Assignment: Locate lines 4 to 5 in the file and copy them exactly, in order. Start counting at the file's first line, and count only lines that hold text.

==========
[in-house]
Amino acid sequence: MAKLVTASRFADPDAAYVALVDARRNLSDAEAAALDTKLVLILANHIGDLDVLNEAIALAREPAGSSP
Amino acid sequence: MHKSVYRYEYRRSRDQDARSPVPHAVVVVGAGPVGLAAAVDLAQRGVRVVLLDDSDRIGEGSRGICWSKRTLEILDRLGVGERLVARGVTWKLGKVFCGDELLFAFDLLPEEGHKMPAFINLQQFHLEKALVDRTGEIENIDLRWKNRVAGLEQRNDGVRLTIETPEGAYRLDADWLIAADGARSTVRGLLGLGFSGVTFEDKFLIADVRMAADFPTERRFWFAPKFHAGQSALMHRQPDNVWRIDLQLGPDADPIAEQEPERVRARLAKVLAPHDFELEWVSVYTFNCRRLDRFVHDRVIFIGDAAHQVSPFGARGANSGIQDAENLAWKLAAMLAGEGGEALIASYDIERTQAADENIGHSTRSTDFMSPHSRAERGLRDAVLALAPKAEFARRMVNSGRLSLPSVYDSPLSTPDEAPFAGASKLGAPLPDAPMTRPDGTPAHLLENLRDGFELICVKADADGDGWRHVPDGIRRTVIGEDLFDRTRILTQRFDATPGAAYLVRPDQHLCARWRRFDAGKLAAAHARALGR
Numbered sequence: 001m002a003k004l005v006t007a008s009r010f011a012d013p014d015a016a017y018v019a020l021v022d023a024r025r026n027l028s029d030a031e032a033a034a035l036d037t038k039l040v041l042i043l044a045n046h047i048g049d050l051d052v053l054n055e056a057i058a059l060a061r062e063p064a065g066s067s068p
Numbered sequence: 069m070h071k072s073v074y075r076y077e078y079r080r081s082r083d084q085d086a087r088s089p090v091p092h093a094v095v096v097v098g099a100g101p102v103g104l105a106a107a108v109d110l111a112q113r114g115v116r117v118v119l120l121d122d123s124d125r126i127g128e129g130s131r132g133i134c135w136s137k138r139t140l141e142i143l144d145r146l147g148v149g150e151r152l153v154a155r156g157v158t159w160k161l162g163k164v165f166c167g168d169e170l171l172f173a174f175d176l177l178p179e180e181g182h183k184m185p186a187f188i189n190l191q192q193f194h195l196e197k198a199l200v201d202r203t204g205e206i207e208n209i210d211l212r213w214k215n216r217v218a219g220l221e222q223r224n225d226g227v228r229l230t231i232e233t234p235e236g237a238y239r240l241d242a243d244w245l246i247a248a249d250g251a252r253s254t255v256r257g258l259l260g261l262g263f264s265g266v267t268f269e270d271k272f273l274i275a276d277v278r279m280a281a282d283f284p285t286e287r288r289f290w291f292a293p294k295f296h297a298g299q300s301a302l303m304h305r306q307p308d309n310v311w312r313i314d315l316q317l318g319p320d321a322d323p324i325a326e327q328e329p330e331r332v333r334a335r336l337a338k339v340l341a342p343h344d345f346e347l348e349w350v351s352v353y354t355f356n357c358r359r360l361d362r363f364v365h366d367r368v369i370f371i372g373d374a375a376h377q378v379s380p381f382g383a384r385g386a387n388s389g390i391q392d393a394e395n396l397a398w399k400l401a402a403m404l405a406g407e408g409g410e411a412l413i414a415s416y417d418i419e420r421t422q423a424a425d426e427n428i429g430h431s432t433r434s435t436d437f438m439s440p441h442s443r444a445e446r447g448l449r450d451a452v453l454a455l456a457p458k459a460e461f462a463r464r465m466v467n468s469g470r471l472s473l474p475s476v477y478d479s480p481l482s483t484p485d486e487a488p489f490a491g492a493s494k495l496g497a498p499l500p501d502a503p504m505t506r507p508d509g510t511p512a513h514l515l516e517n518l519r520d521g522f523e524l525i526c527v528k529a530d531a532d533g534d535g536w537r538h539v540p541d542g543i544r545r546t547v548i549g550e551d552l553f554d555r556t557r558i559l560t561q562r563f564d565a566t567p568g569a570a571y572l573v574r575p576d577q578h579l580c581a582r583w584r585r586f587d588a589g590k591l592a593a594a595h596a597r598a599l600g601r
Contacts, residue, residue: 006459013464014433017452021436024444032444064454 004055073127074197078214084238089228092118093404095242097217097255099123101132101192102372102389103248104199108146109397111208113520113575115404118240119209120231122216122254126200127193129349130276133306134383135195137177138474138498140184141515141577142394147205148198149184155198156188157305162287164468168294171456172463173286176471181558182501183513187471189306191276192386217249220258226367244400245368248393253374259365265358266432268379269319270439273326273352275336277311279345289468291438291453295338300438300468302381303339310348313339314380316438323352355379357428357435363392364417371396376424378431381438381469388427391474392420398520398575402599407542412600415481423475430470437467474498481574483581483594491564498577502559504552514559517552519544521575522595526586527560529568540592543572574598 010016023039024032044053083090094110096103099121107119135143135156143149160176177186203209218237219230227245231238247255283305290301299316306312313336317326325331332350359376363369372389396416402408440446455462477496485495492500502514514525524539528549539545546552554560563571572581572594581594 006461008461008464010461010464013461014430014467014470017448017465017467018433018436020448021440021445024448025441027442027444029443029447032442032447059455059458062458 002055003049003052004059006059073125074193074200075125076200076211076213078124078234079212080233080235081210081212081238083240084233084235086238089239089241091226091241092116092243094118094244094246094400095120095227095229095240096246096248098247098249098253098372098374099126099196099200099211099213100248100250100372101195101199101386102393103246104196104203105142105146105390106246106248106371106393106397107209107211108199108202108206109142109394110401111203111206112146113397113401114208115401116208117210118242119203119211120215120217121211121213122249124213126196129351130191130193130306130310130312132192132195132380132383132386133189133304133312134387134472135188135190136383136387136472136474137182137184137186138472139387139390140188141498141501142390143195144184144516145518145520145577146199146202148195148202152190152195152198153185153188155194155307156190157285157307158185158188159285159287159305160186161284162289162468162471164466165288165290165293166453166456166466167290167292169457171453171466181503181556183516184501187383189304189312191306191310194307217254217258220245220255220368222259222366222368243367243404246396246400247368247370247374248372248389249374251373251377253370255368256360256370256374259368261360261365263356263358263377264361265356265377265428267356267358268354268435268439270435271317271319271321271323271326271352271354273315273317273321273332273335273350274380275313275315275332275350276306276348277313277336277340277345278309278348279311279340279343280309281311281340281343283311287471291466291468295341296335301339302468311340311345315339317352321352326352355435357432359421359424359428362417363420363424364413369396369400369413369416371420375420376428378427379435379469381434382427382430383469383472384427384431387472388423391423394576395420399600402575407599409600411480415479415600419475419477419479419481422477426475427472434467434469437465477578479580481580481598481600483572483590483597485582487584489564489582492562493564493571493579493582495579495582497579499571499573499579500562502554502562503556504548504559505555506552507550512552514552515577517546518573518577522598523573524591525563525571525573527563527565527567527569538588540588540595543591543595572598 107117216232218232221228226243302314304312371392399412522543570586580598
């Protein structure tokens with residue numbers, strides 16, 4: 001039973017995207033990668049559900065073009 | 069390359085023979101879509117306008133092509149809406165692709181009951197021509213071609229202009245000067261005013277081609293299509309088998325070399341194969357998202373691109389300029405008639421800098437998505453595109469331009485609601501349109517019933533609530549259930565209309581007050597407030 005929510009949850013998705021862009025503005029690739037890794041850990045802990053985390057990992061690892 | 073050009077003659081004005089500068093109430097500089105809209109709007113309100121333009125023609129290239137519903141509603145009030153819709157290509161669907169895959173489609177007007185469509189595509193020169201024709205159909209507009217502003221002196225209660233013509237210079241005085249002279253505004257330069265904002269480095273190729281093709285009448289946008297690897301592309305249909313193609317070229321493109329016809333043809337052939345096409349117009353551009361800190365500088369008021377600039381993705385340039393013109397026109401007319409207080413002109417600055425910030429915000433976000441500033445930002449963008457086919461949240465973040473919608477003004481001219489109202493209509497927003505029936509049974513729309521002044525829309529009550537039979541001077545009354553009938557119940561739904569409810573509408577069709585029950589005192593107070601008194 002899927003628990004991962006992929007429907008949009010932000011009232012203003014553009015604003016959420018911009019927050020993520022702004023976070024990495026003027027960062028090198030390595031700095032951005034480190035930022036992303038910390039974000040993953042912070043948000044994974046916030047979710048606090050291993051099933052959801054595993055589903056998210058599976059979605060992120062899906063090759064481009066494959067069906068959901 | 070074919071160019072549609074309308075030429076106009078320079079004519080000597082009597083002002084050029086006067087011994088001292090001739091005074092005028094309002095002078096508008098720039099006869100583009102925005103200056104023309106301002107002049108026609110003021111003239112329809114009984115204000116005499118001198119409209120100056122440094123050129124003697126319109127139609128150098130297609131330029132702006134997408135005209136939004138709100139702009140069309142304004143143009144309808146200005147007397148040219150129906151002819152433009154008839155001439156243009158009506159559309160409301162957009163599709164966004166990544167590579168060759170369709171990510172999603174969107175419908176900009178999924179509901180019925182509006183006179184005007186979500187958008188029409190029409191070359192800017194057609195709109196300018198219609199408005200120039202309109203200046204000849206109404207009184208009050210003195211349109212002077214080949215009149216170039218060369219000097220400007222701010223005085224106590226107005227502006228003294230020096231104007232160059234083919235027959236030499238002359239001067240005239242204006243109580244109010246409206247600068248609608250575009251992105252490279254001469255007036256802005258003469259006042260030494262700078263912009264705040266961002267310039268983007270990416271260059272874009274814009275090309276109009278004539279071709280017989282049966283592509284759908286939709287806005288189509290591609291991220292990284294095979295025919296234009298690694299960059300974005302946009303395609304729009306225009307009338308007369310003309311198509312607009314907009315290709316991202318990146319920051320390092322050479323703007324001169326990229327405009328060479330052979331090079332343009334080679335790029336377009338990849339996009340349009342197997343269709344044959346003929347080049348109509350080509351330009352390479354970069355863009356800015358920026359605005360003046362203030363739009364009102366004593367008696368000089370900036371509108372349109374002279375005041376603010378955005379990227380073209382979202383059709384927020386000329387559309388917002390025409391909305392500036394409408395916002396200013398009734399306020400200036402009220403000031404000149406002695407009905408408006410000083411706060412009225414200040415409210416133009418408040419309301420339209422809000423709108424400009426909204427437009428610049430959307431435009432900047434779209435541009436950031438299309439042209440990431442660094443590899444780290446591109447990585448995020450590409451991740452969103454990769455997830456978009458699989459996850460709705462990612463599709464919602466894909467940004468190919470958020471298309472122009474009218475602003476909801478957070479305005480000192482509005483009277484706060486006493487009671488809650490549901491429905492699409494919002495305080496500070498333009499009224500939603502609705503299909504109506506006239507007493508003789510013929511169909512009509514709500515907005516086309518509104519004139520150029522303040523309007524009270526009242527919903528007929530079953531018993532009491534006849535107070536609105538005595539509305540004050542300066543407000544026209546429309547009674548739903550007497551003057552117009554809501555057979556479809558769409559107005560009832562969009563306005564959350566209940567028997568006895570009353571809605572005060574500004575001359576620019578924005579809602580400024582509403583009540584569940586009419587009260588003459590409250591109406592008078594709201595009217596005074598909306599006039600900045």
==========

Numbered sequence: 001m002a003k004l005v006t007a008s009r010f011a012d013p014d015a016a017y018v019a020l021v022d023a024r025r026n027l028s029d030a031e032a033a034a035l036d037t038k039l040v041l042i043l044a045n046h047i048g049d050l051d052v053l054n055e056a057i058a059l060a061r062e063p064a065g066s067s068p
Numbered sequence: 069m070h071k072s073v074y075r076y077e078y079r080r081s082r083d084q085d086a087r088s089p090v091p092h093a094v095v096v097v098g099a100g101p102v103g104l105a106a107a108v109d110l111a112q113r114g115v116r117v118v119l120l121d122d123s124d125r126i127g128e129g130s131r132g133i134c135w136s137k138r139t140l141e142i143l144d145r146l147g148v149g150e151r152l153v154a155r156g157v158t159w160k161l162g163k164v165f166c167g168d169e170l171l172f173a174f175d176l177l178p179e180e181g182h183k184m185p186a187f188i189n190l191q192q193f194h195l196e197k198a199l200v201d202r203t204g205e206i207e208n209i210d211l212r213w214k215n216r217v218a219g220l221e222q223r224n225d226g227v228r229l230t231i232e233t234p235e236g237a238y239r240l241d242a243d244w245l246i247a248a249d250g251a252r253s254t255v256r257g258l259l260g261l262g263f264s265g266v267t268f269e270d271k272f273l274i275a276d277v278r279m280a281a282d283f284p285t286e287r288r289f290w291f292a293p294k295f296h297a298g299q300s301a302l303m304h305r306q307p308d309n310v311w312r313i314d315l316q317l318g319p320d321a322d323p324i325a326e327q328e329p330e331r332v333r334a335r336l337a338k339v340l341a342p343h344d345f346e347l348e349w350v351s352v353y354t355f356n357c358r359r360l361d362r363f364v365h366d367r368v369i370f371i372g373d374a375a376h377q378v379s380p381f382g383a384r385g386a387n388s389g390i391q392d393a394e395n396l397a398w399k400l401a402a403m404l405a406g407e408g409g410e411a412l413i414a415s416y417d418i419e420r421t422q423a424a425d426e427n428i429g430h431s432t433r434s435t436d437f438m439s440p441h442s443r444a445e446r447g448l449r450d451a452v453l454a455l456a457p458k459a460e461f462a463r464r465m466v467n468s469g470r471l472s473l474p475s476v477y478d479s480p481l482s483t484p485d486e487a488p489f490a491g492a493s494k495l496g497a498p499l500p501d502a503p504m505t506r507p508d509g510t511p512a513h514l515l516e517n518l519r520d521g522f523e524l525i526c527v528k529a530d531a532d533g534d535g536w537r538h539v540p541d542g543i544r545r546t547v548i549g550e551d552l553f554d555r556t557r558i559l560t561q562r563f564d565a566t567p568g569a570a571y572l573v574r575p576d577q578h579l580c581a582r583w584r585r586f587d588a589g590k591l592a593a594a595h596a597r598a599l600g601r